Gus Casely-Hayford, the director of the Smithsonian’s National Museum of African Art, will leave Washington to lead the Victoria and Albert Museum’s new East London location, the institution announced on Friday. He’ll join the museum in the spring.
Mr. Casely-Hayford, a prominent British author, curator and broadcaster on African history and culture, joined the Smithsonian in February 2018. He has sat on the boards of numerous art institutions, and consulted for the Tate Britain Council and the Royal Shakespeare Company. He has also worked as a TV presenter on BBC Two’s “The Culture Show,” BBC Four’s “Lost Kingdoms of Africa” and Sky Arts’s “Tate Britain’s Great British Walks.”
As the inaugural director, Mr. Casely-Hayford will be responsible for the creative strategy and programming at the outpost, known as V&A East, a five-story museum and research facility under construction in Queen Elizabeth Olympic Park. The museum will be the site of a partnership with the Smithsonian Institution, while the research center, Here East, will amass a collection of the museum’s objects, books and archives to create an innovative visitor experience. Both sites are expected to open in 2023 at East Bank, a development at the Olympic Park — a waterfront site where London hosted the 2012 Summer Games.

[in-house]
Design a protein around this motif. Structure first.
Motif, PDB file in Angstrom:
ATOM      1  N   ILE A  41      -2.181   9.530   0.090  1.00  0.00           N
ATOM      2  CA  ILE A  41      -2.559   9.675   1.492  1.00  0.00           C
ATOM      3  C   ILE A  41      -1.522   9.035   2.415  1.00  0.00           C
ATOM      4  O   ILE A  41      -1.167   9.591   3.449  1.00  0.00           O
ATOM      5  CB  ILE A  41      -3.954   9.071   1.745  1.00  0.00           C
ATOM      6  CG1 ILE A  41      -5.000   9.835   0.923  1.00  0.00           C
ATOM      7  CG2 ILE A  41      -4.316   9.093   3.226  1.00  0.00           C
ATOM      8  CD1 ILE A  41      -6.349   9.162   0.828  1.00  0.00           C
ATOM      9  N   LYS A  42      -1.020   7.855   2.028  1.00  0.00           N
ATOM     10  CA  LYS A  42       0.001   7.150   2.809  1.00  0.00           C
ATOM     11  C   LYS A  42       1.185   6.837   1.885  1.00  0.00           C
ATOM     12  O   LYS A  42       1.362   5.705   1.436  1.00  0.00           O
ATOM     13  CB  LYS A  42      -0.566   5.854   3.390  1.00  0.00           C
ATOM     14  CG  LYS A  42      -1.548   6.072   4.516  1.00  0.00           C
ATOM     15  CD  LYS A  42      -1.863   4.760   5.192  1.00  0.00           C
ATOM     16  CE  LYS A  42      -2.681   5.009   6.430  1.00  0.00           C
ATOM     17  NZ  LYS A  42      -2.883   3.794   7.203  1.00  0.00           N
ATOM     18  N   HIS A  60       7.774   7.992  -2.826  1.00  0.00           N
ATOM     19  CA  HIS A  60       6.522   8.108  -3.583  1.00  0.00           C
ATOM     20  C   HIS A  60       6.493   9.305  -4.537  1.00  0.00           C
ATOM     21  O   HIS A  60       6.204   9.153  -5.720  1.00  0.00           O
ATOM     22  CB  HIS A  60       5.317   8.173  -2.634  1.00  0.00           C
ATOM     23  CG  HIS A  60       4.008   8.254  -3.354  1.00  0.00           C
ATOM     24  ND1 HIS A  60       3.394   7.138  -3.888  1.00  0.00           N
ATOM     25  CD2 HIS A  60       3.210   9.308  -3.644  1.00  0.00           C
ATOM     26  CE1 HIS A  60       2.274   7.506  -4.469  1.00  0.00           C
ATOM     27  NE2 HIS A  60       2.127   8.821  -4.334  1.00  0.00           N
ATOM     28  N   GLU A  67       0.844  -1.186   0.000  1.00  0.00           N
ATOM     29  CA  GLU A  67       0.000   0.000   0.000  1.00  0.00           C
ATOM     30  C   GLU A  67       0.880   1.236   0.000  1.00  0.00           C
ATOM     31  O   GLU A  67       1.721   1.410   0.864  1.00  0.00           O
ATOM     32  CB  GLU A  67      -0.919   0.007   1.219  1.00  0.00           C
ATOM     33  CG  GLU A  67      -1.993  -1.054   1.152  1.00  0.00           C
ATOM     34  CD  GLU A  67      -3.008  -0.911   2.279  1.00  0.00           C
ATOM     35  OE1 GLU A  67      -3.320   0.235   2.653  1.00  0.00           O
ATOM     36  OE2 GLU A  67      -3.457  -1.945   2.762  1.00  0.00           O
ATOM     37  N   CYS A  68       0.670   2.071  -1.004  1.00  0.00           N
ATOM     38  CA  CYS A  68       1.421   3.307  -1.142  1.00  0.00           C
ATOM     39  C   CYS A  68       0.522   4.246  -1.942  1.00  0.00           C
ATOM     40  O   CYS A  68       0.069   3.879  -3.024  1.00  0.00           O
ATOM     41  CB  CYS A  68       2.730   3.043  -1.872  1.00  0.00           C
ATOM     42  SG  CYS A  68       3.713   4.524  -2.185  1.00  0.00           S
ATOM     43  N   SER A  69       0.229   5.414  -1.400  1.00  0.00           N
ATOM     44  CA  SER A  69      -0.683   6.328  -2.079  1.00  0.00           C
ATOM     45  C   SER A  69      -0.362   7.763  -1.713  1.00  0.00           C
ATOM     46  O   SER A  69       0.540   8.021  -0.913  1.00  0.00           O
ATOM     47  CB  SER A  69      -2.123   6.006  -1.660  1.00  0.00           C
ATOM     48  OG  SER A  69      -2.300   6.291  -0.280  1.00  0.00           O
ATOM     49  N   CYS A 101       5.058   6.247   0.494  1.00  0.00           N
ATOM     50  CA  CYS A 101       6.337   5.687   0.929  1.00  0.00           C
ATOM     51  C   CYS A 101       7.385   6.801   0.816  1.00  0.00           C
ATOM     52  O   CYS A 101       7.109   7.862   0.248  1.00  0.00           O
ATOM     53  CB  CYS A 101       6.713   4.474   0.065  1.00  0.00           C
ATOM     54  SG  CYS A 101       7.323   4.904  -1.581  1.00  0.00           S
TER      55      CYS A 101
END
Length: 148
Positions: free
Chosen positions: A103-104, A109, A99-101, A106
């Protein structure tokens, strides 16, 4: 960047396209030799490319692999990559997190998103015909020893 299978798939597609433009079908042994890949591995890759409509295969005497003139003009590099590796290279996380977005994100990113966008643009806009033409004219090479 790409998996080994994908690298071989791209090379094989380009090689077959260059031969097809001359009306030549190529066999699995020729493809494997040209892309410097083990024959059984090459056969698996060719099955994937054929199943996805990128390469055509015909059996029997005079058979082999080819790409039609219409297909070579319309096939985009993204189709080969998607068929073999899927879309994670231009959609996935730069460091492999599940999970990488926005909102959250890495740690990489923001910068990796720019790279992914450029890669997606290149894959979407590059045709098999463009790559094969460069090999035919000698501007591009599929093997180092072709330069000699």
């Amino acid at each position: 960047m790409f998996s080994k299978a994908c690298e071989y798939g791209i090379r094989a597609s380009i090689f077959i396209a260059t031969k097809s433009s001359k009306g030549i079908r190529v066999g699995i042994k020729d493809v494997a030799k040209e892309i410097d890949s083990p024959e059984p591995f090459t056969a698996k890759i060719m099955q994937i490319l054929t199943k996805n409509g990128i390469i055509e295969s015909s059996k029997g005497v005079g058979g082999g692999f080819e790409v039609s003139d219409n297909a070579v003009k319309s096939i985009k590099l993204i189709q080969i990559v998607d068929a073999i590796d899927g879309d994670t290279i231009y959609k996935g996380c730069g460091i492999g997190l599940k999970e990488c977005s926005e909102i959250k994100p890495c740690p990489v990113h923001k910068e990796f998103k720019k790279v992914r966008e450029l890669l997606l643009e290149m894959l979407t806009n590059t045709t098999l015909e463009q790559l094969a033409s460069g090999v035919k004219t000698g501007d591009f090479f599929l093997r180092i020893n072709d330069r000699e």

“We are going to craft dynamic and compelling ways for our audiences to get close to the extraordinary, to be transported across time and geography by the most beautiful and intriguing things,” Mr. Casely-Hayford said in a statement. “We want to give you the tools to tell and retell your own stories through objects that move you — and to change the way that we think about ourselves and the world.”
The development at Olympic Park will also house the University of the Arts London’s college of fashion, a new venue for the Sadler’s Wells theater and new studios for the BBC.